What if – you might want to sit down for this – what if Trump has somehow actually gotten the Israeli and Palestinians to sign a peace treaty?

In the political world, there is one deal that is prized above all others, making peace in the Middle East between the Israelis and the Palestinians. Over the past 69 years, it has been tried and failed so many times that most people and politicians believe it simply cannot be done. As President Trump has repeatedly said, it most certainly is “the biggest deal” one could imagine.

When Trump was in Israel last week, millions of Christians across America were hoping that he would be using that trip to announce the moving of the US Embassy in Tel Aviv to Jerusalem , as mandated (?) in the Jerusalem Embassy and Recognition Act, passed by Congress in 1995. When he didn’t cries of “broken promise”shot across cyberspace as people struggled to understand why he didn’t do it. After all, President Trump was in Israel during the combined Israeli celebrations of the 6 Day War victory and the 50th anniversary of the reunification of Jerusalem.

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How could there possibly be a better time to do it? The answer is there could be no better time, but what if he had something better than moving the Embassy already in the works and about to be released? What if – you might want to sit down for this – what if Trump has somehow actually gotten the Israeli and Palestinians to sign a peace treaty?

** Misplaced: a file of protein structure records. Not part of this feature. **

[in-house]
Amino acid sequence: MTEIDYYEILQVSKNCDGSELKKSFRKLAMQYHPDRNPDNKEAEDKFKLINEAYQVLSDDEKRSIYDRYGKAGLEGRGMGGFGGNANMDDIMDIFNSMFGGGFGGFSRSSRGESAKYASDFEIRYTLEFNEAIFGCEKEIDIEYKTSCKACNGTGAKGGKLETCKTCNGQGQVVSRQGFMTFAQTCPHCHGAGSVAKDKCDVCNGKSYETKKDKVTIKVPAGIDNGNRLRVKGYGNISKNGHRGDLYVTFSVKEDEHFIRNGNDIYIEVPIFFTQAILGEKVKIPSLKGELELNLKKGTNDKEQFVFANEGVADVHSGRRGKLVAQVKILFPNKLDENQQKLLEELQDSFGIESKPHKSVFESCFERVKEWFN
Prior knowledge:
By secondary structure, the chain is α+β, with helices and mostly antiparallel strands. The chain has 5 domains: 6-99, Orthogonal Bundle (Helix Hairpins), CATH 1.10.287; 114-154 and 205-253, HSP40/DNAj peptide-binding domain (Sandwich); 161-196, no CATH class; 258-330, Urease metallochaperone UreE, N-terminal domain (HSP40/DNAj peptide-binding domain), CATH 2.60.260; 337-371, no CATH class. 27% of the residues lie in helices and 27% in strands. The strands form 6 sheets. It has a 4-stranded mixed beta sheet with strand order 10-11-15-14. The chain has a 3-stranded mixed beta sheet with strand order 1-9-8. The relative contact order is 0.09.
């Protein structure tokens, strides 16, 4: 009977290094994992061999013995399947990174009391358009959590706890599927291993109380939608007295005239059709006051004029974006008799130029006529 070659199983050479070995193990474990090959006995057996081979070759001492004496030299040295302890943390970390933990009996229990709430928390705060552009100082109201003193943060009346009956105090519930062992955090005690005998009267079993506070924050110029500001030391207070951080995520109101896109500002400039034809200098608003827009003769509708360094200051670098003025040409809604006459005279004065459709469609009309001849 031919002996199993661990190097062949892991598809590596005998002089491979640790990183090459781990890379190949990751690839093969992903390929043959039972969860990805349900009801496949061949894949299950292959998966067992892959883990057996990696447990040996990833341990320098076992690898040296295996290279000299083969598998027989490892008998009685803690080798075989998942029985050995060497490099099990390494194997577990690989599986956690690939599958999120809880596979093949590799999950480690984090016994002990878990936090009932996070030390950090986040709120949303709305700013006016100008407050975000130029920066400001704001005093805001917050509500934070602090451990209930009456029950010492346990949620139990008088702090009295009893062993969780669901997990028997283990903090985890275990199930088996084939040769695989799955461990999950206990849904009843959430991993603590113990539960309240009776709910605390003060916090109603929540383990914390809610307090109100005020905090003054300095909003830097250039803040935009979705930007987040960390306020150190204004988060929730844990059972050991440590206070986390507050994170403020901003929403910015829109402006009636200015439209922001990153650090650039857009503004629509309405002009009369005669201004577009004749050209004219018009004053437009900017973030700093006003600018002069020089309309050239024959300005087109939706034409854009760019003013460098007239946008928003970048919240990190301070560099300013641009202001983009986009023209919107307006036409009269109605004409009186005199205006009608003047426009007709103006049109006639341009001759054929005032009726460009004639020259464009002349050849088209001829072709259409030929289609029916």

The Bible says that in the end times only 2 people will make peace in the Middle East. The first one is Antichrist (non-Zionists) who brings a false peace that is broken at the halfway point, and the second One is Jesus Christ who brings actual peace that lasts 1,000 actual, literal years as He rules on the Throne of David from Jerusalem for an actual, literal 1,000 year period.

What makes all this gel and come together is the incredible buzz around Washington about an announcement to be made shortly regarding “Middle East peace”. The buzz is not yet for public consumption as it will not be announced for another week or two, but in the backrooms of the corridors of power in DC it’s being discussed quite freely. NTEB is grateful for the many “eyes and ears” we have around the world but especially in Washington that keep us “in the know”.

Israel: A Hoax by the anti-Christ

hahaha, busted!

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“Woe to those call evil good”